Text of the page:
Two exciting publication updates to begin the summer! I contributed an essay on the reception and collection of work by the English sculptor Lynn Chadwick (1914-2003) in the United States to Lynn Chadwick: A Sculptor on the International Stage (2019). Chadwick specialist Michael Bird edited the beautifully illustrated book and also contributed the wonderful lead essay. Available now at via Scheidegger & Spiess, Amazon, and … Continue reading New Publications
Presenting a paper recently on the monumental sculptural projects of Alexander Calder, David Smith, and Robert Smithson in Italy, as a part of the Smithsonian American Art Museum’s wonderful symposium The Course of Empires: American-Italian Cultural Relations, 1770-1980, (my presentation and the entire proceedings are viewable here, if you are so inclined), I drew upon two quotes from the mid-twentieth century on the topic of monumentality: … Continue reading A Loss of Permanence: Monumentality in the 21st Century
On August 8, my beloved, complex, imperfect city of Chicago did the civic/art version of an historical battlefield reenactment…sort of. The event marked the fiftieth anniversary of the public unveiling on August 15, 1967 of Picasso’s untitled metal behemoth, now known simply as “The Picasso” (see Google Maps) or in its updated 2017 social media parlance, #EveryonesPicasso. So once again the mayor (Rahm Emanuel filling … Continue reading Public Sculpture is Having a Moment in the Midwest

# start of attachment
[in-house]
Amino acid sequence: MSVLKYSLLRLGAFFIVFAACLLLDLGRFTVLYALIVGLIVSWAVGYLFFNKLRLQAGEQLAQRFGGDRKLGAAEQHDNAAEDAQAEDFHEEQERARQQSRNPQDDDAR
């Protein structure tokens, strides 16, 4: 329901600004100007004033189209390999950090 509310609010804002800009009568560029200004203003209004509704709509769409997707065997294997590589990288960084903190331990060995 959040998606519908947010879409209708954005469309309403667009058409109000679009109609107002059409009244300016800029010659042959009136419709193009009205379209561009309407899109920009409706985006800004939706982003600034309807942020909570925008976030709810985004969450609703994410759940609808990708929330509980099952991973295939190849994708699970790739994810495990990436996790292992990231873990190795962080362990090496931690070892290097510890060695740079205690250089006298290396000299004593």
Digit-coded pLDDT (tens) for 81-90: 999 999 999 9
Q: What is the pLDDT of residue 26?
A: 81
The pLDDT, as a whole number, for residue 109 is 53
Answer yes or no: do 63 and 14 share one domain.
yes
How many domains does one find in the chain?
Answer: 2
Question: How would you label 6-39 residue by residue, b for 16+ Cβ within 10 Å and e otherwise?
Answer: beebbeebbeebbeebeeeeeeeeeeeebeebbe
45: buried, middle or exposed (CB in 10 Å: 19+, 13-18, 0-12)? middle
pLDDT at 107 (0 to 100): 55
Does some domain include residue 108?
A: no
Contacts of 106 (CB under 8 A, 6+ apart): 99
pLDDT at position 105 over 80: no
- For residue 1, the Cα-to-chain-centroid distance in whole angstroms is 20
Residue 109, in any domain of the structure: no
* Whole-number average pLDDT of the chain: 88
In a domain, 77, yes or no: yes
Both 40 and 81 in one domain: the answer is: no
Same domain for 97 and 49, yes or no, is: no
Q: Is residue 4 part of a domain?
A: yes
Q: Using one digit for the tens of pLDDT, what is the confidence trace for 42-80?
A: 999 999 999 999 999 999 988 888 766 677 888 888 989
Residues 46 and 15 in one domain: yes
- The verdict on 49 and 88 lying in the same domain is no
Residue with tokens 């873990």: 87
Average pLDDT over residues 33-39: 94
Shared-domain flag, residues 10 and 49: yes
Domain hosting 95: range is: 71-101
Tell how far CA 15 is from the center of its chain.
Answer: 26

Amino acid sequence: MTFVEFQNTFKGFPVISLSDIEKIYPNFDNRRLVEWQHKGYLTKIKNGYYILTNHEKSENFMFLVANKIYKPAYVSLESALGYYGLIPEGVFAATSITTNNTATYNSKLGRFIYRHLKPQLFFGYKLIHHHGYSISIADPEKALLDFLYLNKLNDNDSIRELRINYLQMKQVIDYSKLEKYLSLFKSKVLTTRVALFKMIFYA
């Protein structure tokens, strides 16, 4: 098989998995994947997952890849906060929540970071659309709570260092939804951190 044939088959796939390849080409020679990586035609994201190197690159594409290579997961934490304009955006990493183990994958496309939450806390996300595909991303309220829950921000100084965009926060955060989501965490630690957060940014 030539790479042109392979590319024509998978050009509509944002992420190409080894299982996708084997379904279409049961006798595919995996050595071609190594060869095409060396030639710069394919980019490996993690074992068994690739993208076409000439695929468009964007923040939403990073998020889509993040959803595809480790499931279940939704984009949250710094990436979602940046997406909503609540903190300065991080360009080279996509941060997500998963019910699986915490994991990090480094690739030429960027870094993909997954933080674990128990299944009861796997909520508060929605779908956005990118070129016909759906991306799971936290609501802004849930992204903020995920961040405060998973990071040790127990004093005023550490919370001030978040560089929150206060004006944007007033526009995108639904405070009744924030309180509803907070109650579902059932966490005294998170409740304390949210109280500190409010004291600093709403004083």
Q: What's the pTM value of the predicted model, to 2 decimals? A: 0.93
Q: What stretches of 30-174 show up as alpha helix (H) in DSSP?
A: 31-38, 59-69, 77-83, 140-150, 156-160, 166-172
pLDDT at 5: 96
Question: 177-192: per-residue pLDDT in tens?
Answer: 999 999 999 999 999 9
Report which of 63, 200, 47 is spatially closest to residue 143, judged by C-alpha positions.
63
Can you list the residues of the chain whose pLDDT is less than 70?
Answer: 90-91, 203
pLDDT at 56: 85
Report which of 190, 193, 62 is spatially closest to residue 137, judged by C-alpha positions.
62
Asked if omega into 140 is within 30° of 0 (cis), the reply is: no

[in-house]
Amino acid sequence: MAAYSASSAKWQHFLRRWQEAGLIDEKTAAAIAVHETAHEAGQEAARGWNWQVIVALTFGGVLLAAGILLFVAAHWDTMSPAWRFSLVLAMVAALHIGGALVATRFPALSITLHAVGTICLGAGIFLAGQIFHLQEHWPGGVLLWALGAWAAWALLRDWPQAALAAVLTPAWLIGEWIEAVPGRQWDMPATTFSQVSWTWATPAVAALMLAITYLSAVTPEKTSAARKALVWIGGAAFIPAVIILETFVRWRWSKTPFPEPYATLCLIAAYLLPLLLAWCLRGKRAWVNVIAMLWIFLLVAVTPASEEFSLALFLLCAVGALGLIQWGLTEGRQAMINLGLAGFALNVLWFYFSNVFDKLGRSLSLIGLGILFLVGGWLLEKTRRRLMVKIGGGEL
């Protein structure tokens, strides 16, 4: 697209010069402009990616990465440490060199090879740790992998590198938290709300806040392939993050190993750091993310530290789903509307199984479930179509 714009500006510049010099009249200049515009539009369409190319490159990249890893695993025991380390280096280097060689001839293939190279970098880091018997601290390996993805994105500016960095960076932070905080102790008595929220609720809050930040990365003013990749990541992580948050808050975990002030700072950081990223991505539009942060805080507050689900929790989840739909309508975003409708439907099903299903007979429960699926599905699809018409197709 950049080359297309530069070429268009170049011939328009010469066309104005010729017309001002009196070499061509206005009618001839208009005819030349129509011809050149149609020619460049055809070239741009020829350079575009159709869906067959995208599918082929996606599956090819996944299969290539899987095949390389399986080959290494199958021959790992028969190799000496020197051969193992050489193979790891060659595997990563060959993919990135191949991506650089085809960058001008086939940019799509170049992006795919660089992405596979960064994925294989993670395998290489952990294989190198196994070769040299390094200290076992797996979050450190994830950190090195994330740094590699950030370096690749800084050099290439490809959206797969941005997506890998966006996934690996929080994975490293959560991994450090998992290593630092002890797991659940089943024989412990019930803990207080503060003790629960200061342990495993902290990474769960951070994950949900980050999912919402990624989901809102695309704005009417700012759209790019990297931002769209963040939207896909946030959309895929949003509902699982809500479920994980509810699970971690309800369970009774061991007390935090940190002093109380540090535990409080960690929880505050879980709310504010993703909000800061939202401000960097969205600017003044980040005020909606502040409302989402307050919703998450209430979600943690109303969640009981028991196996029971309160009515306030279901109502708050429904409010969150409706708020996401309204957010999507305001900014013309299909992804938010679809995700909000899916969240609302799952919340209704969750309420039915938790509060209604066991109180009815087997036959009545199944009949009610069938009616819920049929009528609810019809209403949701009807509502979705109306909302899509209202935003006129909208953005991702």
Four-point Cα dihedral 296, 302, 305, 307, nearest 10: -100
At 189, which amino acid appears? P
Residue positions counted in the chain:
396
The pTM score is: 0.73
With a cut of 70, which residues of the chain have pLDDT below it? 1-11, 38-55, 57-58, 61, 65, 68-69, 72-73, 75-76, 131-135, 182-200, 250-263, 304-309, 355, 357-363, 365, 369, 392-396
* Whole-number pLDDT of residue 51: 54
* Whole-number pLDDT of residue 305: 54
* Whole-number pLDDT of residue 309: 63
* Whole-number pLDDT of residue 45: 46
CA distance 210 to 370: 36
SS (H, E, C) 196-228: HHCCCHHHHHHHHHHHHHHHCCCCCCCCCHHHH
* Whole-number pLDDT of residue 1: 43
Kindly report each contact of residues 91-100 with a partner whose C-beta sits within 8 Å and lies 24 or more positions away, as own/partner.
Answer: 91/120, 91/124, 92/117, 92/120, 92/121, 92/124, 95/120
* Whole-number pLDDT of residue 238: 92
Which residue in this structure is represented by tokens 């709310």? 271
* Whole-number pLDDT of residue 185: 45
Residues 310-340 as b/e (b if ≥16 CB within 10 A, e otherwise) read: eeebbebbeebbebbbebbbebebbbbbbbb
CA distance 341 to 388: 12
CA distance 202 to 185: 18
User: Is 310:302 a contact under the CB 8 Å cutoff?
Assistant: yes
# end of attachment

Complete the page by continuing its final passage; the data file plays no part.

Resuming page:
I am thrilled be giving the Fall 2016 Howard E. Wooden Lecture at the Wichita Art Museum, this Thursday, November 17. If you are in the greater Wichita area please join us. Alexander Calder, Large-Scale Sculpture, and the Public Sphere In the 1970s, Wichita put itself firmly on the map of the art world when it commissioned Joan Miró and Alexander Calder–two living artists at the height … Continue reading Calder Lecture at the Wichita Art Museum
As far as public sculpture goes, the notion of an opening date seems a little odd. Unless done under total secrecy or very quickly, such large scale projects reveal themselves over time, after periods of long installation, and yet one day they are fully realized, completed and ready for public consumption. This past Tuesday, 23 July, marked such a day for The Character and Shape of Illuminated Things.
The third commissioned work in the Plaza Project series at the Museum of Contemporary Art, Chicago, the occasion was marked with an outdoor talk with the Chicago-born, Los Angeles-based artist Amanda Ross-Ho and MCA curator Julie Rodrigues Widholm; speaking at the height of rush hour, on a beautiful, if blustery Chicago summer afternoon, the receding sunlight streaming through the skyscrapers surrounding the MCA. I mention the artist talk, not only because the idea was both insane (honking cabs! emergency sirens! random tourists wandering around!) and a perfect, surprisingly successful venue for discussion of a work that by its placement alone is meant to engage and implicate the public, but also because it threw into sharp focus some of the stronger formal and conceptual aspects of the work on view. Continue reading “Photography as (Public) Sculpture: Amanda Ross-Ho at MCA Chicago”